# Polar form of complex numbers

Description of the polar form of complex numbers

## The polar form of a complex number

In the article on the geometric representation of complex numbers, it has been described that every complex number $$z$$ in the Gaussian plane of numbers can be represented as a vector. This vector is uniquely determined by the real part and the imaginary part of the complex number $$z$$.

A vector emanating from the zero point can also be used as a pointer. This pointer is clearly defined by its length and the angle $$φ$$ to the real axis.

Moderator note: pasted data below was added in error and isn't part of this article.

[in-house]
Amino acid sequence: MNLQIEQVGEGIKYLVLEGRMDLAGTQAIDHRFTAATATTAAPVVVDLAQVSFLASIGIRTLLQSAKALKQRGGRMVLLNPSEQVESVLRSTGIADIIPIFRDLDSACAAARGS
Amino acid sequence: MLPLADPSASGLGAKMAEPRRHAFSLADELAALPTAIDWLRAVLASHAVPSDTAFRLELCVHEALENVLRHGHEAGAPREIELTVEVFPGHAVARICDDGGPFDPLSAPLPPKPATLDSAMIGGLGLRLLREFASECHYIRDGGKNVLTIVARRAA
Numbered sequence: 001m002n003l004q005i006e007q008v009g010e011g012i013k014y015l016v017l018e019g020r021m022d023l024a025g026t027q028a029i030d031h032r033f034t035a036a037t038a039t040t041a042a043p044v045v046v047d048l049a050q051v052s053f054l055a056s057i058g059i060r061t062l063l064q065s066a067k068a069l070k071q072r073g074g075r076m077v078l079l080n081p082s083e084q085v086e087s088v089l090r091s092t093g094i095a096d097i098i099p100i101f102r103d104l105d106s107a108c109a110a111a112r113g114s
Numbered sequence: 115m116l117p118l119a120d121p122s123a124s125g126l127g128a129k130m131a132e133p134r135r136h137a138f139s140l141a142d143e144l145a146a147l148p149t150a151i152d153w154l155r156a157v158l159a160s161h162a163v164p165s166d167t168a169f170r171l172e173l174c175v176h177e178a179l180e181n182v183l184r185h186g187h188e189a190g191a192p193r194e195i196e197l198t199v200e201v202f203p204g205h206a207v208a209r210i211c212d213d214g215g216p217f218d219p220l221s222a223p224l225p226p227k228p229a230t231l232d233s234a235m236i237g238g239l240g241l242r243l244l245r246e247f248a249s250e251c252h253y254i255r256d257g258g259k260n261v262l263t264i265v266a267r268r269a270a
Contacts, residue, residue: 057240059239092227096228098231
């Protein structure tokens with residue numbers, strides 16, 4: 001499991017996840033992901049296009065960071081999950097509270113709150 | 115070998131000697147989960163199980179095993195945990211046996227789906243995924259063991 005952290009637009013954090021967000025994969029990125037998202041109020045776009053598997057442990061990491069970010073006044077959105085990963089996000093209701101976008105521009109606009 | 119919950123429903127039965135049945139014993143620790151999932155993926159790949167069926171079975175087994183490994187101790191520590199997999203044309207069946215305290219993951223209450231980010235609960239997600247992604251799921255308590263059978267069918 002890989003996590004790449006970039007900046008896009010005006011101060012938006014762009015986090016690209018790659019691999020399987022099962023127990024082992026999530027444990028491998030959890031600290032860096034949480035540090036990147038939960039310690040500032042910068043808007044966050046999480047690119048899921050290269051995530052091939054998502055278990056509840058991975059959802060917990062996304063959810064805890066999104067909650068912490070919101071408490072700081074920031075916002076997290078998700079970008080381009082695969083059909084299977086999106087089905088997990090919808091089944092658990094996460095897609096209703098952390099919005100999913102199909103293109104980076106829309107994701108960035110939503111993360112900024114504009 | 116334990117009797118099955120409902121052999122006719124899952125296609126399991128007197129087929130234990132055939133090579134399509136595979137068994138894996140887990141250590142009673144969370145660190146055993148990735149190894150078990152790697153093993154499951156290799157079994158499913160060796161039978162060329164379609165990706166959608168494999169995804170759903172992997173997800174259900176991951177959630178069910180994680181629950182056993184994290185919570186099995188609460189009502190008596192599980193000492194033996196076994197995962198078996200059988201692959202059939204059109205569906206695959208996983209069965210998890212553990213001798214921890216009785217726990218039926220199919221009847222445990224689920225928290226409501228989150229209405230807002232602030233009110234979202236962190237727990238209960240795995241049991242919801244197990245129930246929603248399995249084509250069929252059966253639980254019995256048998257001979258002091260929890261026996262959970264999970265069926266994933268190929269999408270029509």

The following figure shows the vector with the length $$r = 2$$ and the angle $$φ = 45°$$

Positive angles are measured counterclockwise, negative angles are clockwise.

A complex number can thus be uniquely defined in the polar form by the pair $$(|z|, φ)$$. φ is the angle belonging to the vector. The length of the vector r corresponds to the absolute value $$|z|$$ the complex number.

The general spelling is called normal form $$z = a + bi$$

We write in polar form

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